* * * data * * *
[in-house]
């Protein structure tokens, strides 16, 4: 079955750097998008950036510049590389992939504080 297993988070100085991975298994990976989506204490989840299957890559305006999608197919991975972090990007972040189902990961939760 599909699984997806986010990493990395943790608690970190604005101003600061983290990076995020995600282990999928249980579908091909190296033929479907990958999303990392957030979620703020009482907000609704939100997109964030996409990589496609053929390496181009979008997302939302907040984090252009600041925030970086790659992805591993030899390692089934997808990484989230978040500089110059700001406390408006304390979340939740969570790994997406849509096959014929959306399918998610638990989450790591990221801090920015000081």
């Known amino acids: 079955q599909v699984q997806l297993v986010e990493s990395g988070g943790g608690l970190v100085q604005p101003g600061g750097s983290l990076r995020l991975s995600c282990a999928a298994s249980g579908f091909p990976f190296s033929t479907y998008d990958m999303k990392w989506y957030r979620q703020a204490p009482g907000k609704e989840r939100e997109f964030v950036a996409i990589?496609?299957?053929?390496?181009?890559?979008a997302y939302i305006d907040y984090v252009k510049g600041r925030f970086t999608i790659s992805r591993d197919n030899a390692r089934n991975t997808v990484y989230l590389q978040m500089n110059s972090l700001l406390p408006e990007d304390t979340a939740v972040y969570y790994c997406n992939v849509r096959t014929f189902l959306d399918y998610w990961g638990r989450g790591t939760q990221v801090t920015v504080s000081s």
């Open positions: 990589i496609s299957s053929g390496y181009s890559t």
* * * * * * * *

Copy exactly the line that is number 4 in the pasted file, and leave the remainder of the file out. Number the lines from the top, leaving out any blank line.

């Open positions: 990589i496609s299957s053929g390496y181009s890559t």